NCAA Suspends All Wet-leased In United Nigeria Airlines

NCAA Suspends Wet-Leased Aircraft, United Nigeria Airlines Faces Regulatory Scrutiny

All of the wet-leased aircraft operated by United Nigeria Airlines (UNA) have been suspended by the Nigeria Civil Aviation Authority (NCAA).

The entire fleet of all wet-leased aircraft would stay grounded until the incident’s investigation was finished.
It was learned that the airline had received a letter on Monday outlining this position.

This occurs just hours after a United Nigeria Airlines (UNA) aircraft on Sunday was diverted from its intended destination of Nnamdi Azikiwe International Airport (NAIA) to Asaba International Airport.

The decision to suspend all wet-leased aircraft in UNA’s fleet underscores the gravity with which the regulatory body views the situation. Wet-leasing, a common practice in the aviation industry, involves an airline renting an aircraft complete with crew, maintenance, and insurance. The temporary grounding of all wet-leased aircraft reflects the NCAA’s commitment to ensuring the safety and reliability of air travel.

The communication of the suspension to United Nigeria Airlines occurred through a formal letter issued on Monday. This official correspondence outlines the suspension of all wet-leased aircraft and emphasizes that the suspension will remain in effect until the conclusion of a thorough investigation into the incident. Such a stringent measure highlights the NCAA’s dedication to upholding the highest safety standards and maintaining public confidence in air travel.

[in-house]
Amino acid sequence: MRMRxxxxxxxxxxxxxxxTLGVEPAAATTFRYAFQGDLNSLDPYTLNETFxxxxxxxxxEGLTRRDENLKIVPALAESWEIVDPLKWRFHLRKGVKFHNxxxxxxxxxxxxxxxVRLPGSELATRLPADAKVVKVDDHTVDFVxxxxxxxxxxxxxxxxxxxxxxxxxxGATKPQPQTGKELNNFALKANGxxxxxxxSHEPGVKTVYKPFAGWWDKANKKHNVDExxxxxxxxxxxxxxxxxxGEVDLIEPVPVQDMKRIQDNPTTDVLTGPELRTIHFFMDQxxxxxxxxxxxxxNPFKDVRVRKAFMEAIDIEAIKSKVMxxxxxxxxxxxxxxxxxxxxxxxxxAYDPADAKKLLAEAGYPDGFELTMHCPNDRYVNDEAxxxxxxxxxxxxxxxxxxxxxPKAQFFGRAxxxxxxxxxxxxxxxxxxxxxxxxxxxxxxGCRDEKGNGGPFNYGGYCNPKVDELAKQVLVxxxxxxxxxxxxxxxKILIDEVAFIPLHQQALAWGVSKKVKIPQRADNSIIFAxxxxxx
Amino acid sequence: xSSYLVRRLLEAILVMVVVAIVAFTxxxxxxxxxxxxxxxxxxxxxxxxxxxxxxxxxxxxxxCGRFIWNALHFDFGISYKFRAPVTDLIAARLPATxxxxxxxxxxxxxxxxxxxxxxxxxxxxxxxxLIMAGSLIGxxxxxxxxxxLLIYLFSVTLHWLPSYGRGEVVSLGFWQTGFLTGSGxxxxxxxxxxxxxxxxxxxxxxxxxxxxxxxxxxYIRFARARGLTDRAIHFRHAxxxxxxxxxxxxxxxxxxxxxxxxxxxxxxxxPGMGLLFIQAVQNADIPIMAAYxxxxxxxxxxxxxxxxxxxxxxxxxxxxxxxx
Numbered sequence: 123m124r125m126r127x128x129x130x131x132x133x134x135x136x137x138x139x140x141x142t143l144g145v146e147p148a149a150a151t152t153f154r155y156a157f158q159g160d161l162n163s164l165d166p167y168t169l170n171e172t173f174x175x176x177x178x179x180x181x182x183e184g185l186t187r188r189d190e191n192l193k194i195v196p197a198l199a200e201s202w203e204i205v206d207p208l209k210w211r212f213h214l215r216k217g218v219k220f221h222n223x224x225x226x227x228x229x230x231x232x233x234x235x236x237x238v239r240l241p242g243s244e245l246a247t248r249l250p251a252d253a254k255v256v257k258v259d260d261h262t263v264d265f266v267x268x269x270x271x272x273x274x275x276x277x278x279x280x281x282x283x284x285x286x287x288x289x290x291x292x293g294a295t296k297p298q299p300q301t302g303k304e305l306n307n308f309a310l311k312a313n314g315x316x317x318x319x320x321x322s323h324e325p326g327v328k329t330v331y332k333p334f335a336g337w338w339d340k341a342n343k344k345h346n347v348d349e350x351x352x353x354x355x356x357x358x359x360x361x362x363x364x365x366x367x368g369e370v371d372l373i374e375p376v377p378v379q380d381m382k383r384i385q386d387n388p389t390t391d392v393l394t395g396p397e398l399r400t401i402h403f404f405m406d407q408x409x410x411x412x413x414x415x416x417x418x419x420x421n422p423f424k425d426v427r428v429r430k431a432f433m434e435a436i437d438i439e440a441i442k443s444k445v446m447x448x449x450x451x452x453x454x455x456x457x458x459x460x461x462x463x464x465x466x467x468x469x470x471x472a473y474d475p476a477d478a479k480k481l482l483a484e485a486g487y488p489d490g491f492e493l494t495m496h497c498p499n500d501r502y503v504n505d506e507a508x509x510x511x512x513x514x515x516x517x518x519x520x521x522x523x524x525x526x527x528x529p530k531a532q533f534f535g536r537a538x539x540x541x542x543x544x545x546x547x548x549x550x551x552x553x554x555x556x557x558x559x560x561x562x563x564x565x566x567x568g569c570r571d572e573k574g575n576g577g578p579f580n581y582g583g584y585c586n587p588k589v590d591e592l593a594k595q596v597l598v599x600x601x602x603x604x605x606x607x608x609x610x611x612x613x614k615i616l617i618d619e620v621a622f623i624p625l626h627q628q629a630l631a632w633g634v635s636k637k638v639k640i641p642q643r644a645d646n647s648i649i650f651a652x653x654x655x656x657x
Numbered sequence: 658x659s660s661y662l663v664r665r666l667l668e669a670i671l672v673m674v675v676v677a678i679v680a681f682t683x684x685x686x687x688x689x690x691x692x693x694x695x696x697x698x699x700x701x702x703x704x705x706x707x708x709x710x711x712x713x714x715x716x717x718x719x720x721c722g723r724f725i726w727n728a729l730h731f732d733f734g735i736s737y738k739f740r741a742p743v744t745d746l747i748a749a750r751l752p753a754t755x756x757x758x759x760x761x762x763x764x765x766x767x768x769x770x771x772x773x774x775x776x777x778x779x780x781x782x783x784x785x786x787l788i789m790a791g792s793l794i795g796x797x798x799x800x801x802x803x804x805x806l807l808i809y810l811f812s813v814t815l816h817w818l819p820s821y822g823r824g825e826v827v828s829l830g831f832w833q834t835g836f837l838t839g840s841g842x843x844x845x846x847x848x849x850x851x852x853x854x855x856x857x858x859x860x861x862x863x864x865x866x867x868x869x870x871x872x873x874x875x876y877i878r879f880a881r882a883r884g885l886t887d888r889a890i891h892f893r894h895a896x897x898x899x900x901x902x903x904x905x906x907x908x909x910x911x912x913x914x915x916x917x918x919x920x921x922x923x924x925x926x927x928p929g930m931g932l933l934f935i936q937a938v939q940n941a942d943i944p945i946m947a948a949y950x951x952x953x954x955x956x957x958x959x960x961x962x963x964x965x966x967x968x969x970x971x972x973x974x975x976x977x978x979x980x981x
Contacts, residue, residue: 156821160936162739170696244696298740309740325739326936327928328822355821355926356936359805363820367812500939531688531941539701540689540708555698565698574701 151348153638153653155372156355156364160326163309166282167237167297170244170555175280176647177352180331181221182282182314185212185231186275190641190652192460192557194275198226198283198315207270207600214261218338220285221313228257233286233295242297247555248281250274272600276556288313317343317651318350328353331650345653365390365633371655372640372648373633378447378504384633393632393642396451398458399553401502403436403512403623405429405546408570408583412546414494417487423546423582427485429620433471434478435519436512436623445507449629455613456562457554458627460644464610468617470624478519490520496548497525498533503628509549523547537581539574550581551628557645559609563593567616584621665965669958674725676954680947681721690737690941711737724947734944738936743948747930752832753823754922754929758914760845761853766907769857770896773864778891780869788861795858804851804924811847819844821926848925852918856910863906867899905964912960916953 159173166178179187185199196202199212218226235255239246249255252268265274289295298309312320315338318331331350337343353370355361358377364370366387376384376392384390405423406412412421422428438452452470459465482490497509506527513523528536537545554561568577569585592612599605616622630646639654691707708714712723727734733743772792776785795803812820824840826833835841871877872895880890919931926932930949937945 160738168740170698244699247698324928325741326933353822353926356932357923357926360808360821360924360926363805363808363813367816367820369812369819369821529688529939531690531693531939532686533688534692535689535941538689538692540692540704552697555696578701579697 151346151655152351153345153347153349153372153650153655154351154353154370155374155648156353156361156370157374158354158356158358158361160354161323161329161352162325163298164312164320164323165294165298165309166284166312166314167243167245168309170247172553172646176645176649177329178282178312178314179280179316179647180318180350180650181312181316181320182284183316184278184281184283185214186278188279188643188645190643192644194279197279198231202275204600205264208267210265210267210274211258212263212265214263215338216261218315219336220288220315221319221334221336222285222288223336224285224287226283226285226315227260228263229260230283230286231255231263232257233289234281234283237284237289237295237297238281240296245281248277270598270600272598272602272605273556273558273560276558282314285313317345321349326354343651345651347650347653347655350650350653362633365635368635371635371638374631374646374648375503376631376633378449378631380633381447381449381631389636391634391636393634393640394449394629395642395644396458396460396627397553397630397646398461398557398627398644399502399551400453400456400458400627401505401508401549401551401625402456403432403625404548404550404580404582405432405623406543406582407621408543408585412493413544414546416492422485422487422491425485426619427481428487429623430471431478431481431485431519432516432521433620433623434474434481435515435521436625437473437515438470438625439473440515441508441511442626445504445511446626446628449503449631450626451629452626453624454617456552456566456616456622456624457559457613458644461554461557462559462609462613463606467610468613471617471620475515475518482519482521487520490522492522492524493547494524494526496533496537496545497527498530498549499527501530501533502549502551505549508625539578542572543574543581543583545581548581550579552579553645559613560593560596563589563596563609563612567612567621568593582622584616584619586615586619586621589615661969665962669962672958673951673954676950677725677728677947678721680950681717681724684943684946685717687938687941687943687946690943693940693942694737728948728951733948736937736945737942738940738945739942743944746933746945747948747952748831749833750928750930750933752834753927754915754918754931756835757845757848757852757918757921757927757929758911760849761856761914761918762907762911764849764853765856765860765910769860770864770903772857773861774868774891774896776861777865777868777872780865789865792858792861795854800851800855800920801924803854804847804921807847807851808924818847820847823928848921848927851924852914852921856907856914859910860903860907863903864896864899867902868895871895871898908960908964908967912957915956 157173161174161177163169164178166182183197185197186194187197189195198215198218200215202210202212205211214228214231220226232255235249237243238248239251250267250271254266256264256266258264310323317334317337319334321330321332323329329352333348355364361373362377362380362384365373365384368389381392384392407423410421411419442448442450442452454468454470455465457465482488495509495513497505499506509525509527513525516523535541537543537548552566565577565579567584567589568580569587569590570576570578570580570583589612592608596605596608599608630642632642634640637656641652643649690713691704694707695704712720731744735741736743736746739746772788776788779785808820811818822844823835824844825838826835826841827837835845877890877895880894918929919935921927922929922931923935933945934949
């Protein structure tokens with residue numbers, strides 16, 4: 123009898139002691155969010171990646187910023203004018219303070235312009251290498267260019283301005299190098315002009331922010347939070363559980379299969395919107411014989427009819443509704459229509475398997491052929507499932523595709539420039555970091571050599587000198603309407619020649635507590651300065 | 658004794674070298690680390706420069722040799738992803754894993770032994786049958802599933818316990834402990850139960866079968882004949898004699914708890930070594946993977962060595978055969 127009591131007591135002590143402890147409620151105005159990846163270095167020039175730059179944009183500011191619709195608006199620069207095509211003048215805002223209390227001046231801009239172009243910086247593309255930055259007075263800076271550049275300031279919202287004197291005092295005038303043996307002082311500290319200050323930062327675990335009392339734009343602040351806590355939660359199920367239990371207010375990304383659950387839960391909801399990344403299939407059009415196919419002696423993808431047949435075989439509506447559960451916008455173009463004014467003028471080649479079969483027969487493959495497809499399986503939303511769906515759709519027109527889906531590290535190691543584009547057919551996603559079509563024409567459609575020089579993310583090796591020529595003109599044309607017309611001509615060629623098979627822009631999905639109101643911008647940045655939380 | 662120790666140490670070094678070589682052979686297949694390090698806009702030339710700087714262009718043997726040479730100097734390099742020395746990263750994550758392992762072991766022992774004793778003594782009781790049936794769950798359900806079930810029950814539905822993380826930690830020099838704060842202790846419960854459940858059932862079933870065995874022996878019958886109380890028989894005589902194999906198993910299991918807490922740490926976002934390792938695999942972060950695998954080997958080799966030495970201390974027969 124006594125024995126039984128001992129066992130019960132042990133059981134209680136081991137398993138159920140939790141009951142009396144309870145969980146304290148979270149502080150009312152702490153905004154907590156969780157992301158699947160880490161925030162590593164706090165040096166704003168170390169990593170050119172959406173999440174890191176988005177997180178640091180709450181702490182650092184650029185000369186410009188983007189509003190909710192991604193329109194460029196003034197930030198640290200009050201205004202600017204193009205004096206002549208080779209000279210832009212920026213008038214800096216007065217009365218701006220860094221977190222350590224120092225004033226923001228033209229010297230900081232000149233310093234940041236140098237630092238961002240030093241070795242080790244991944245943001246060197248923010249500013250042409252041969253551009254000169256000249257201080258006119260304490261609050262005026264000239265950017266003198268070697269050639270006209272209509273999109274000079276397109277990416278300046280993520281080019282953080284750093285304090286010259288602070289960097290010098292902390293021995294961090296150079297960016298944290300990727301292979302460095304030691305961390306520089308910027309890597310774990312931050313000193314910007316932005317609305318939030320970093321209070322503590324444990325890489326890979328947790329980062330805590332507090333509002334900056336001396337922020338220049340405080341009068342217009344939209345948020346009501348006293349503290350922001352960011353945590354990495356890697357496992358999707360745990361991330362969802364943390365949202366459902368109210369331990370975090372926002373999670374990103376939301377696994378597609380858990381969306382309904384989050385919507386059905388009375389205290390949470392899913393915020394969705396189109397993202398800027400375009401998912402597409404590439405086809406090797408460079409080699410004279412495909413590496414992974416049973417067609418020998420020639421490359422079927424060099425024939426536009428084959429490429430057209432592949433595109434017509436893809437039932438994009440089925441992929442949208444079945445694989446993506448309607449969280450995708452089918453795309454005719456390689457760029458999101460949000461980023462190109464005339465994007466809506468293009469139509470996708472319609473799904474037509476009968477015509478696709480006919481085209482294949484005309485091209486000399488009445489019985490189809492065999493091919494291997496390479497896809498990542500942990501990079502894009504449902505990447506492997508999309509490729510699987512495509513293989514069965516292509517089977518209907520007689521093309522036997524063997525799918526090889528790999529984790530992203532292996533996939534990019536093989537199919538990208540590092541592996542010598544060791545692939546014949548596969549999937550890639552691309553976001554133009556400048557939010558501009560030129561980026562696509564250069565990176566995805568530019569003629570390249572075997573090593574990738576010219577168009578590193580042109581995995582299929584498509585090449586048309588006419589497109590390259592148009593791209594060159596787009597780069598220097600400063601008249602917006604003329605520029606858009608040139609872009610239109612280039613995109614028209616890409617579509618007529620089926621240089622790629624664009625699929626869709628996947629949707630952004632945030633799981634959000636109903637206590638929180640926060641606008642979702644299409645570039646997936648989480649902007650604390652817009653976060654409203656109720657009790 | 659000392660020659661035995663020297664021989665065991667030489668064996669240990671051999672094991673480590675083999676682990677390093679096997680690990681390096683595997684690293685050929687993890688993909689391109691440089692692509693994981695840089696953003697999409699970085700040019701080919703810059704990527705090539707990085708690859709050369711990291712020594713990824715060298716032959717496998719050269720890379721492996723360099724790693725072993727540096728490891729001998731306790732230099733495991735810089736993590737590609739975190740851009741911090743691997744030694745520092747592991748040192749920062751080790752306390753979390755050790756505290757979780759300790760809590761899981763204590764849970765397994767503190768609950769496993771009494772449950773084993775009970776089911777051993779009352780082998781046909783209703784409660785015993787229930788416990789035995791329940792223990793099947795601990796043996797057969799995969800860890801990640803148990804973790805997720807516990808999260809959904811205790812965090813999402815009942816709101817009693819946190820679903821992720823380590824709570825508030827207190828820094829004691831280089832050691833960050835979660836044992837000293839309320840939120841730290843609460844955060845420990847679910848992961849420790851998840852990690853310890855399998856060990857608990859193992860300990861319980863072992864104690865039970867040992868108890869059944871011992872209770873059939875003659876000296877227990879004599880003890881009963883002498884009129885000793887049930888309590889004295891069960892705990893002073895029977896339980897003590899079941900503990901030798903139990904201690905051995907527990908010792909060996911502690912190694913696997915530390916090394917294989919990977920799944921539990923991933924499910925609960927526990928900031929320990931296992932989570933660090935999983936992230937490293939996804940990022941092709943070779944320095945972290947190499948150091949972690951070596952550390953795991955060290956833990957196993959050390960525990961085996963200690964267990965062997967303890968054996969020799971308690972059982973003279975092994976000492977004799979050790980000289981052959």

The suspension of UNA’s wet-leased aircraft highlights the critical role that regulatory bodies play in the aviation sector. The NCAA, as the regulatory authority overseeing civil aviation in Nigeria, is tasked with ensuring that airlines adhere to established safety protocols and standards. In situations where incidents occur, regulatory bodies must act swiftly to investigate, address concerns, and, when necessary, implement corrective measures to safeguard both passengers and industry integrity.

A source close to the NCAA claims that the regulatory body made the decision on Monday and sent a letter to the airline’s chief operating officer (COO).

The source claimed that until the inquiry into the Sunday incident involving one of the airline’s wet-leased aircraft concluded, all wet-leased aircraft used in airline operations would stay stopped.

It was gathered that immediately after the incident gained traction on social media on Sunday, the Director-General of Civil Aviation (DGCA), Capt. Musa Nuhu called an emergency meeting of the agency, where it was resolved that the excuse given by the airline was not tenable to the authority.

It was further gathered that the report obtained from the Air Traffic Controllers (ATCs) of the Nigerian Airspace Management Agency (NAMA) contradicted the airline’s claim on poor weather situation in Abuja at the time of the diversion.

No fewer than two wet-leased Airbus A320-200 aircraft are in the fleet of United Nigeria Airlines

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